Moral Clause – an imperative when signing on a celebrity?

Speculations are rife with the ongoing drug abuse investigation in India and film stars being questioned. Curiosity about who is next and which channel is going to break the next expose has reached a frenzy. Marketers who have bet on film stars are creating contingency plans should the issue explode further. Some experts believe this scandal would not only impact the current endorsements and future assignments of those named but also in the long term be devastating for the celebrity endorsement landscape. It is quite evident that the celebrity endorsement space, like other areas, was already in a state of churn post-COVID-19.

A report by The Alchemist Auntourage cited a 70% decline in the celebrity appearance market in FY20, owing to discontinued brand events, shoots, and fan engagements. And while this space was already experiencing deterioration, the recent drug allegations would result in another 30-35% decline in the brand endorsement value of those involved. Another research conducted recently by the Indian Institute of Human Brands (IIHB) over the September 12-13, 2020 weekend across India also studied the reactions to the continued use of celebrities for brand endorsement. The result was not surprising, with nearly 70% saying such behaviour by celebrities is disturbing.

We live in a world of trial by media (social and others). Accusations and allegations of scandals and wrongdoing is not a pretty place for a brand to be in because of its celebrity endorser. Followers, who adored and loved the celebrity turn into trolls and a cause for embarrassment. In such a sensitive situation, the best approach for brands would be to wait and watch before taking drastic measures.

Is a ‘Moral Clause’ the ideal solution to the problem?

Celebrity endorsers of brands bring their persona, fame, on-screen image, their values, and opinions to the brands they endorse. As a result, brands feel the impact when scandals hit their endorsers. The severity and duration of the impact vary from situation to situation. It is tough to choose the best way to navigate when their voice is against the prevailing narrative.

The current situation is forcing brands to review their existing endorsement deals with actors facing the allegations and adopt a go-slow approach on new deals. Steps are being taken when signing a deal with a film celebrity even if it is for a short-term. Conversations are taking place on what can a brand do to steer clear of controversies. How to deflect the possible impact of a celebrity’s personal choices or how to strike “social controversy proof” contracts?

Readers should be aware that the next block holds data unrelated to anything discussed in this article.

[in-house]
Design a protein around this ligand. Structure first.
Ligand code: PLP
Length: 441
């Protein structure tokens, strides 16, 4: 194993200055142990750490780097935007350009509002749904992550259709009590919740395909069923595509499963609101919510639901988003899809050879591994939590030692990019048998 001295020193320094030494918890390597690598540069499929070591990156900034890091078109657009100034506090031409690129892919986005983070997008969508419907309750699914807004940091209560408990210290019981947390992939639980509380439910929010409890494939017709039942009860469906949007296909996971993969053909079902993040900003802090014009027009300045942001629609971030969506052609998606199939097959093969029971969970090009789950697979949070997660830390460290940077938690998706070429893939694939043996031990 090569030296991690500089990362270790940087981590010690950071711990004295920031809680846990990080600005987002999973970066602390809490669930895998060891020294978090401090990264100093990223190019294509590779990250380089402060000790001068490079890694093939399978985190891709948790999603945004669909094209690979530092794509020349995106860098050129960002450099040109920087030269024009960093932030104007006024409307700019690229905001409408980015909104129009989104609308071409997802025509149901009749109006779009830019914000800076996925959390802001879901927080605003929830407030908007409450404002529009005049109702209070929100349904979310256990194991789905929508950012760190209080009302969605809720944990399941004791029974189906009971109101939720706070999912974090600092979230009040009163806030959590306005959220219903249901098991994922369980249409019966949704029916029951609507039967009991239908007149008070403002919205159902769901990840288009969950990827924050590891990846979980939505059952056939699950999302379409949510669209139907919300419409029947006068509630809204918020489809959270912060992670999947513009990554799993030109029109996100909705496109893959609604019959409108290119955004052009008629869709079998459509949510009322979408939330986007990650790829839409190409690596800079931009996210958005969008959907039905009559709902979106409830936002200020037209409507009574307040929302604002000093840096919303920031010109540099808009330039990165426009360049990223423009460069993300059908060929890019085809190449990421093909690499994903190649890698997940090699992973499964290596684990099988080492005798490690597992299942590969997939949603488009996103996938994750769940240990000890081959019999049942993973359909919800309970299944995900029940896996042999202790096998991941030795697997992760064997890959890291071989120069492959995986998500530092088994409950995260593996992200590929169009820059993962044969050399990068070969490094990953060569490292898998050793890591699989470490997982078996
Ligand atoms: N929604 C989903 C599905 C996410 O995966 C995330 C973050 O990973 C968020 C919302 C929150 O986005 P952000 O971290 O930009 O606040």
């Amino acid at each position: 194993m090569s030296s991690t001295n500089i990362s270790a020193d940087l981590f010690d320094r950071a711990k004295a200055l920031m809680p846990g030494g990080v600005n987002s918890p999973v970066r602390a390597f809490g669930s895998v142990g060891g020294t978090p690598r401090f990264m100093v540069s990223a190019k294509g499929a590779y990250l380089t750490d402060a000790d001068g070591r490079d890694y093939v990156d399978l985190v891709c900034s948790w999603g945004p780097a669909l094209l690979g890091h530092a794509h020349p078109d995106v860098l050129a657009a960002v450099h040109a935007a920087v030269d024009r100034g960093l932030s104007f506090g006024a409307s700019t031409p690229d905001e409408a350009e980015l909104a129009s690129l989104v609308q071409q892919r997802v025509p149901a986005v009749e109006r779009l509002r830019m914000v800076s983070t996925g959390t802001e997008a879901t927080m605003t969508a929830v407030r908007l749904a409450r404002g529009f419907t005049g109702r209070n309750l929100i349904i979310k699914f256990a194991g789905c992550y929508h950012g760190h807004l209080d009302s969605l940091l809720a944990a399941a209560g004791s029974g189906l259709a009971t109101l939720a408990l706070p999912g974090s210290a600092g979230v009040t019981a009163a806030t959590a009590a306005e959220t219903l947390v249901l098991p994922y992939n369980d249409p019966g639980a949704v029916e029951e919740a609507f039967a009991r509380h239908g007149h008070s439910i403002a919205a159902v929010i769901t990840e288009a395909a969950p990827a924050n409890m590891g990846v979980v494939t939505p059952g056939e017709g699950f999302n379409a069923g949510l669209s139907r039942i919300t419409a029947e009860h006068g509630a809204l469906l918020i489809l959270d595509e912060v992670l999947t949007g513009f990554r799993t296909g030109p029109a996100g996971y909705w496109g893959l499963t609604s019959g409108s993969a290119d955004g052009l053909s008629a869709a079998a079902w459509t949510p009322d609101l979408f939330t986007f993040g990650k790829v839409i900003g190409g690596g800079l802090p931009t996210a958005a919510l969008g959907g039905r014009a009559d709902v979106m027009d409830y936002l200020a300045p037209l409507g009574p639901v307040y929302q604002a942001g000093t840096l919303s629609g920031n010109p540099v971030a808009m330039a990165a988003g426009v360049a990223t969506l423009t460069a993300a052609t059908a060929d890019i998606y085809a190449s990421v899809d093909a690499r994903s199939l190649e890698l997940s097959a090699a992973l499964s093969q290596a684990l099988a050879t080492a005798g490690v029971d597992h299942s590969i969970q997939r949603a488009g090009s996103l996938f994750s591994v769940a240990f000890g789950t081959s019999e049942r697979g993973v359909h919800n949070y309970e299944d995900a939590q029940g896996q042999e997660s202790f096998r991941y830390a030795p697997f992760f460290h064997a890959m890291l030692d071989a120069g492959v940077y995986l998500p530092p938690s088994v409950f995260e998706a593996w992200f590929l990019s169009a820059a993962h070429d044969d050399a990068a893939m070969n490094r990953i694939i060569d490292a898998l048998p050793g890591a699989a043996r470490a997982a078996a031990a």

Industry experts say that brands are now insisting on adding a ‘moral clause’ when they sign on a celebrity. It entitles the brand to terminate the agreement if it feels the celebrity has conducted an act that may bring him/her disrepute or reflects negatively on the brand.

A Year of Speculation and Skepticism

The recent controversy involving film celebrities has put the fundamental question in marketers as to whether or not they need a celebrity anymore? The overall gloominess in the economy due to the pandemic had already put brakes on it slowing the game. As a measure to de-risk and minimise the risk, brands may work with celebrities purely on a project basis or for a short-term specific engagement. There is bound to be many more learnings from the current happenings before the dust finally settles down.

The views and opinions published here belong to the author and do not necessarily reflect the views and opinions of the publisher.

Radha Radhakrishnan
Radha Radhakrishnan has over 25 years of experience in corporate communications and marketing across different industries and geographies. She has built a reputation as a storyteller and a creative thinker. She has mentored social entrepreneurial startups and has been a visiting faculty at premier communications institutes in India. She is currently the global head of corporate communications at Wipro Enterprises. She anchors the weekly PR and Communication podcast, Mrigashira.

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